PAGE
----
In 1653, Freetown was settled at Assonet Bay by members of the Plymouth Colony, as part of Freeman's Purchase, which included the northern part of what is now Fall River. In 1683 Freetown was incorporated as a town within the colony. The southern part of what is now Fall River was incorporated as the town of Tiverton as part of the Massachusetts Bay Colony in 1694, a few years after the merger with Plymouth Colony. In 1746, in the settlement of a colonial boundary dispute between Rhode Island and Massachusetts, Tiverton was annexed to Rhode Island, along with Little Compton and what is now Newport County, Rhode Island. The boundary was then placed approximately at what is now Columbia Street.
In 1703, Benjamin Church, a hero of King Phillip's War established a saw mill, grist mill, and a fulling mill on the Quequechan River. In 1714, Church sold his land, along with the water rights to Richard Borden of Tiverton and his brother Joseph. This transaction would prove to be extremely valuable 100 years later, helping to establish the Borden family as the leaders in the development of Fall River's textile industry.
During the 18th century the area consisted mostly of small farms and relatively few inhabitants. In 1778, the Battle of Freetown, was fought here during the American Revolutionary War, the townspeople put up a strong defense against a British force.
In 1803, Fall River was separated from Freetown and officially incorporated as its own town. A year later, Fall River changed its name to "Troy." The name "Troy" was used for 30 years and was officially changed back to Fall River on February 12, 1834. During this period, Fall River was governed by a three-member Board of Selectmen, until it became a City in 1854.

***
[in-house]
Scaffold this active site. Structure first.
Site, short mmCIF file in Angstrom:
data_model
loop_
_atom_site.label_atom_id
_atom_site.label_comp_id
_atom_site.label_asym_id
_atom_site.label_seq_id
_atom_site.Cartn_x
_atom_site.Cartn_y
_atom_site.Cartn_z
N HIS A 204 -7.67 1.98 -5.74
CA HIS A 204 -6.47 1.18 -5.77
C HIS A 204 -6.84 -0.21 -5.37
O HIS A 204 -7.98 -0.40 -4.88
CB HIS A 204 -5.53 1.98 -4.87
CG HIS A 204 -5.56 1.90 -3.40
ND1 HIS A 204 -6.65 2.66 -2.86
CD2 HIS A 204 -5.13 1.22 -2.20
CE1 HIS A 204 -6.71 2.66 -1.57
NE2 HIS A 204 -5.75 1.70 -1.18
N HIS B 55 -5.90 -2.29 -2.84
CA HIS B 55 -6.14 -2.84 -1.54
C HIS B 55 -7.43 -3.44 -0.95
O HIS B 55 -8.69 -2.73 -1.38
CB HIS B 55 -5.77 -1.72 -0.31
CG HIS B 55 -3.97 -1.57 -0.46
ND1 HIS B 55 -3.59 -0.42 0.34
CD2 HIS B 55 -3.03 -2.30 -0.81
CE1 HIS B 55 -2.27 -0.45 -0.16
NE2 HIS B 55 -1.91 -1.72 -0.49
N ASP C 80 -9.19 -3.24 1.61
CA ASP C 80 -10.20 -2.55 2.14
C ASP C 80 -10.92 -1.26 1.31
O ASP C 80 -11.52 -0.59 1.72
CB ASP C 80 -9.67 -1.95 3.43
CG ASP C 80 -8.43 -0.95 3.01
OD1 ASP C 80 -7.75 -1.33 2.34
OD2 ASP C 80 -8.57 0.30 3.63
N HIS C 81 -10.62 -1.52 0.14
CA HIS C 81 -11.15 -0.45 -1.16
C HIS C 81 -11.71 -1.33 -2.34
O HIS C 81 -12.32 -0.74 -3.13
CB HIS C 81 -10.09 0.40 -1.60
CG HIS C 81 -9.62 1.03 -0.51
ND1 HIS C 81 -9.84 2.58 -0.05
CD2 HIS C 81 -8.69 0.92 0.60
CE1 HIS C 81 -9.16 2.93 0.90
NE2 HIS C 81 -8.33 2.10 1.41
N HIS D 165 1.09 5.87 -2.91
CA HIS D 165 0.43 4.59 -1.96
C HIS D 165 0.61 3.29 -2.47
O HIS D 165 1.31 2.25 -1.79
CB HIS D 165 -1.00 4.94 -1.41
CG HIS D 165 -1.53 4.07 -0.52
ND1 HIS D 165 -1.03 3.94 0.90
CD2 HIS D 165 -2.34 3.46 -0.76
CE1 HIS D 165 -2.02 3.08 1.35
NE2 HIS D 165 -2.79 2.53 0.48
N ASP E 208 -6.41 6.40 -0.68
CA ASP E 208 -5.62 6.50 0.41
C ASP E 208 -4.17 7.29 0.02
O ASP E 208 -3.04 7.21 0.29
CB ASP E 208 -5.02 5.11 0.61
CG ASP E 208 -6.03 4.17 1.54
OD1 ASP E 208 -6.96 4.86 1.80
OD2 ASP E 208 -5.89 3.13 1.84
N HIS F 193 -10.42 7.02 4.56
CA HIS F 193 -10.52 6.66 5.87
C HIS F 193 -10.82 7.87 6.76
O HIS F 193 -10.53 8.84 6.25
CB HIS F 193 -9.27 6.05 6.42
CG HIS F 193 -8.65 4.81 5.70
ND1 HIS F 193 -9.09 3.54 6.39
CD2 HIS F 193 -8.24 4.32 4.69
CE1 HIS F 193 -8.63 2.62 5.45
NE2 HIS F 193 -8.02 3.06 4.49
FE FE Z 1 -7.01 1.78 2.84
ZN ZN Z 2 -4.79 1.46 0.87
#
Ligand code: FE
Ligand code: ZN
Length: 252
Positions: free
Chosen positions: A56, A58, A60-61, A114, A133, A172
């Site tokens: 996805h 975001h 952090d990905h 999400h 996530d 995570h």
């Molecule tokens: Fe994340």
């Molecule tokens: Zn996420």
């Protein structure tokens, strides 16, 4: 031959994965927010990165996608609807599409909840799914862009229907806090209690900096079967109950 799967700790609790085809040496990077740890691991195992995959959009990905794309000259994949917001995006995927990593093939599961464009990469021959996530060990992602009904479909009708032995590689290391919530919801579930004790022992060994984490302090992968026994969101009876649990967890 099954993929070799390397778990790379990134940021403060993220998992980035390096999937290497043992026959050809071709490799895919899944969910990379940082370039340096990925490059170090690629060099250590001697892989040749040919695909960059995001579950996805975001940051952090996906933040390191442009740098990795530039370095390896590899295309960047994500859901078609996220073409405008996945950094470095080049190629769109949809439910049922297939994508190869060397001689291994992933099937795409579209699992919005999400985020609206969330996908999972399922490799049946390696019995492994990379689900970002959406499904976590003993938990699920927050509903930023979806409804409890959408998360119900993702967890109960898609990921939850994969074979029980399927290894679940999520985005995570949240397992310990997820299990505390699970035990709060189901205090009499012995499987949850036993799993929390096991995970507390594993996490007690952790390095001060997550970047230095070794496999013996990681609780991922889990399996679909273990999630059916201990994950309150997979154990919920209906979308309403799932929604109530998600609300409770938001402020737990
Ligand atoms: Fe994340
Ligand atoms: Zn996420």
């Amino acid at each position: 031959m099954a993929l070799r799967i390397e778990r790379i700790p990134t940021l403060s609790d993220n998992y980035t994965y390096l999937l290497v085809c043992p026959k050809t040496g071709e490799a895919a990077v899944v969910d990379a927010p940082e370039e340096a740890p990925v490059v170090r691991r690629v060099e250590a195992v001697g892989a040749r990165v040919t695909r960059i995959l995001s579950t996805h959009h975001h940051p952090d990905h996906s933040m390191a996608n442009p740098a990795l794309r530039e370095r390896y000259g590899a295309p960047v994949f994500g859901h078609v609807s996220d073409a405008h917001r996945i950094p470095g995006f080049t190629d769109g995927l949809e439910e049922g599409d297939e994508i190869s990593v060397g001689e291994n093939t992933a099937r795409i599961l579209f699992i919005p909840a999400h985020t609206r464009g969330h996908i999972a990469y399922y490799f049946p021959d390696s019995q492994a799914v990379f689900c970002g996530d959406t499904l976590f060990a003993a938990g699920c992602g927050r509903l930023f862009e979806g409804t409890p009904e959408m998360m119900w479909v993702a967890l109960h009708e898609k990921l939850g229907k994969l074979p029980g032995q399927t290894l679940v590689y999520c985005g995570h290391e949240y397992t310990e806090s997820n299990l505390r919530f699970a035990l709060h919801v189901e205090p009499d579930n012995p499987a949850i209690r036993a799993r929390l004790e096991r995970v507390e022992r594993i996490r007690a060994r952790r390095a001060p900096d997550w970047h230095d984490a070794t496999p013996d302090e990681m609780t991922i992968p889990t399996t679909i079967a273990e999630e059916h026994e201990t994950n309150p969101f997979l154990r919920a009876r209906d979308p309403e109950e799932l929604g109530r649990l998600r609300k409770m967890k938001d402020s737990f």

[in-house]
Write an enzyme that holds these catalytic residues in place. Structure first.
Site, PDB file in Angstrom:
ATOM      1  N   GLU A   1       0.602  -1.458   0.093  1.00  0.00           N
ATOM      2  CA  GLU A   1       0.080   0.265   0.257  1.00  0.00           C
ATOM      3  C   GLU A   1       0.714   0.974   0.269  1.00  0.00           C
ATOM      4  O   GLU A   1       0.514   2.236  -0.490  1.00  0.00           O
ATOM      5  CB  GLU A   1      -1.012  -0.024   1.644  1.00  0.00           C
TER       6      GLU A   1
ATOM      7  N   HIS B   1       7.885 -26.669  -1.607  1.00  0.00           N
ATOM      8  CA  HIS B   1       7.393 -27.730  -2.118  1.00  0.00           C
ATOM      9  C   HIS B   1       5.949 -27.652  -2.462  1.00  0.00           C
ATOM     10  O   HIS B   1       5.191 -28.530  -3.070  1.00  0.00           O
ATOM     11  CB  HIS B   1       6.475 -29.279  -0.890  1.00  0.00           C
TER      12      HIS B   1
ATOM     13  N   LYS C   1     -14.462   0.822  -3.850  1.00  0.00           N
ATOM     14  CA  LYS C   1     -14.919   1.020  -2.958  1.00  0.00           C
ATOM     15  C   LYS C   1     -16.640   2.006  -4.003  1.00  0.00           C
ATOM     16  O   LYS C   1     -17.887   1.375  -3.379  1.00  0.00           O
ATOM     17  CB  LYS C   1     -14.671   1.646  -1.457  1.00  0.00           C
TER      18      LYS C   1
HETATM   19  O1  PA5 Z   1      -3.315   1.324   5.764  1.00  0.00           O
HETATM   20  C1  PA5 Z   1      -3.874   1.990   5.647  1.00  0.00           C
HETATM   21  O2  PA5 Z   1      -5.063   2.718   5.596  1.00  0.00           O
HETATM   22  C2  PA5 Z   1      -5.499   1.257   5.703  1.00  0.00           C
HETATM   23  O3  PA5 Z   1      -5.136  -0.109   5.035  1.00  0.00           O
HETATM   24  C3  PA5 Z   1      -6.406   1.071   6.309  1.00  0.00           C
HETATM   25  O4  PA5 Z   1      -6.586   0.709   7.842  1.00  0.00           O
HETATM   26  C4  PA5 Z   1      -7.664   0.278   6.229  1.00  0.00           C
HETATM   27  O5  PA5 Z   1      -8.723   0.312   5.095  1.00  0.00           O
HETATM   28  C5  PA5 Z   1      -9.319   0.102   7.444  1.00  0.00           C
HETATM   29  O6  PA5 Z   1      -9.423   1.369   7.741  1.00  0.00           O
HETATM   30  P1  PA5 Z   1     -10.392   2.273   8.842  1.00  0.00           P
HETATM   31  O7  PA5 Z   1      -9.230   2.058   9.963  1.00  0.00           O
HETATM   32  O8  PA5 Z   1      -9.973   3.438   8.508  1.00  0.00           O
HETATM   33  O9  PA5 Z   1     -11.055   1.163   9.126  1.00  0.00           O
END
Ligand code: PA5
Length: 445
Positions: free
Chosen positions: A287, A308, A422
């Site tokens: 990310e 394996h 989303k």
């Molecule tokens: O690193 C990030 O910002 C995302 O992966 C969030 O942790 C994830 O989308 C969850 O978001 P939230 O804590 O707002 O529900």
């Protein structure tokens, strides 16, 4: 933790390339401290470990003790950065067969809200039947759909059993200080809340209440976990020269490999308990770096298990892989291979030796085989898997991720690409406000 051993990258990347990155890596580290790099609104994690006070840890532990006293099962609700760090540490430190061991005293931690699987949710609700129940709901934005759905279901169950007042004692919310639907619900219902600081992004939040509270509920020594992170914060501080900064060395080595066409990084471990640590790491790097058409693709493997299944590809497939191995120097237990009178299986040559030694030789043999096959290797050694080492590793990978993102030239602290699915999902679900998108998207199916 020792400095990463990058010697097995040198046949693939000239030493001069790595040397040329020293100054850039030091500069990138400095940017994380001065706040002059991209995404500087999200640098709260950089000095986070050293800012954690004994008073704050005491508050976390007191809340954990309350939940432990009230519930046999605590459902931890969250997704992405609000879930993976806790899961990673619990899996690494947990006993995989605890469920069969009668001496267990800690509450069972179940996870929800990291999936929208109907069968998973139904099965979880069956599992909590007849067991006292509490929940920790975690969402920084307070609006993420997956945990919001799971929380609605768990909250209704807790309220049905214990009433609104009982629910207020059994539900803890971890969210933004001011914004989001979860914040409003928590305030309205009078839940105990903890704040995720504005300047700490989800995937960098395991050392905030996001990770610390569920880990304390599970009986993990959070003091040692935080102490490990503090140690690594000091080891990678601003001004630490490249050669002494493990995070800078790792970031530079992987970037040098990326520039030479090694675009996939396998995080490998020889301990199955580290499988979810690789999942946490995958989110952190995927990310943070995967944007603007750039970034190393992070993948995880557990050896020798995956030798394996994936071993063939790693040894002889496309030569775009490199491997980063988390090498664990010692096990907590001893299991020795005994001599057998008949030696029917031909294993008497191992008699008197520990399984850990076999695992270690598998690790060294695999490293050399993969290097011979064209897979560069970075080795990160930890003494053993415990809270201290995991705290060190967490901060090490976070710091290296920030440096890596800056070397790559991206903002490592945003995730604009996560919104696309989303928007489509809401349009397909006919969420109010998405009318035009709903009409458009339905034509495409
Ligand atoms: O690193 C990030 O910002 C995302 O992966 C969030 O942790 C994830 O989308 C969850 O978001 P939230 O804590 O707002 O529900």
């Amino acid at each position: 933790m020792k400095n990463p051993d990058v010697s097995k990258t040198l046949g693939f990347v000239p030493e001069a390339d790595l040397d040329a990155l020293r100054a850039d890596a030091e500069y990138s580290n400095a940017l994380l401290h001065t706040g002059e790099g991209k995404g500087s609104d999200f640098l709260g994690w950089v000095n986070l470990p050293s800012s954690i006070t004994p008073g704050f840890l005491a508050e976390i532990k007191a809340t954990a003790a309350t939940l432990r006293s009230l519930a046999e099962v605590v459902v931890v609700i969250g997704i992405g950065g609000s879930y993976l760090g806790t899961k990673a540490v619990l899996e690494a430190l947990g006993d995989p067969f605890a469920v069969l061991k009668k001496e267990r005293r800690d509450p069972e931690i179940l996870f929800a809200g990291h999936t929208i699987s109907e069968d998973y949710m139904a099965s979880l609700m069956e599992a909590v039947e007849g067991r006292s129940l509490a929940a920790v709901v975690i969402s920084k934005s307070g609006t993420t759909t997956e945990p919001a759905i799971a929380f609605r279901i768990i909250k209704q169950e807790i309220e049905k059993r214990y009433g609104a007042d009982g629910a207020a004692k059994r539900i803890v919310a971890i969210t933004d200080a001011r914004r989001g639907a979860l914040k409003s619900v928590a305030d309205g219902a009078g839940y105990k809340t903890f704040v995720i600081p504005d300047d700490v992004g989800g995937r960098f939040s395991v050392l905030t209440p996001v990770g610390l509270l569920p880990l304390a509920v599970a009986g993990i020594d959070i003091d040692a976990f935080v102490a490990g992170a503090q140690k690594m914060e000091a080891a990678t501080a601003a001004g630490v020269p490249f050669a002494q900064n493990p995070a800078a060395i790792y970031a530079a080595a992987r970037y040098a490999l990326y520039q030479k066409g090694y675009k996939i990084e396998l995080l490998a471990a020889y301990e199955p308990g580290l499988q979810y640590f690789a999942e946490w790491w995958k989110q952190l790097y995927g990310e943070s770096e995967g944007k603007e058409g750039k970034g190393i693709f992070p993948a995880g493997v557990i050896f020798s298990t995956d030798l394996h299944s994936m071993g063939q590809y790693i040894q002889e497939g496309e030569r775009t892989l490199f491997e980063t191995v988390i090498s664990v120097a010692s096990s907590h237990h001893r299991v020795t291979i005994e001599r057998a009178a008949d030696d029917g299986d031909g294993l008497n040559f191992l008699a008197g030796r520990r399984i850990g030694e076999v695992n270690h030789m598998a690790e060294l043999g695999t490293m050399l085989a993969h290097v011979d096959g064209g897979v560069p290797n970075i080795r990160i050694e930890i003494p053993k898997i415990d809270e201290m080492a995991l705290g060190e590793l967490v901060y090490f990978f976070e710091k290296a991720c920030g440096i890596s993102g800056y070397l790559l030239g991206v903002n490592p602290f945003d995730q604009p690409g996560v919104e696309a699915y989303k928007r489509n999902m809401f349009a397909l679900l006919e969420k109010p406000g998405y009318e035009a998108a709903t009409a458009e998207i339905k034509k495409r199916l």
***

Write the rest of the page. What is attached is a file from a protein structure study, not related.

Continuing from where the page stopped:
In July 1843, the first great fire in Fall River's history destroyed much of the town center, including the Atheneum, which housed the Skeleton in Armor which had been discovered in a sand bank in 1832 near what is now the corner of Hartwell and Fifth Street.
During this time, the southern part of what is now Fall River (south of Columbia Street) would remain part of Tiverton, Rhode Island. In 1856, the town of Tiverton, Rhode Island voted to split off its industrial northern section as Fall River, Rhode Island. In 1861, after decades of dispute, the United States Supreme Court moved the state boundary to what is now State Avenue, thereby creating a City of Fall River entirely within Massachusetts. (Also as part of this decision, Pawtucket, Massachusetts would become part of Pawtucket, Rhode Island.
Industrial development and prosperity
The 19th century
The early establishment of the textile industry in Fall River grew out of the developments made in nearby Rhode Island beginning with Samuel Slater at Pawtucket in 1793. In 1811, Col. Joseph Durfee, the Revolutionary War veteran and hero of the Battle of Freetown in 1778 built the Globe Manufactory (a spinning mill) at the outlet of Cook Pond on Dwelly St. near what is now Globe Four Corners in the city's South End. (It was part of Tiverton, Rhode Island at the time.) While Durfee's mill was never very successful, it marked the beginning of the city's rise in the textile business.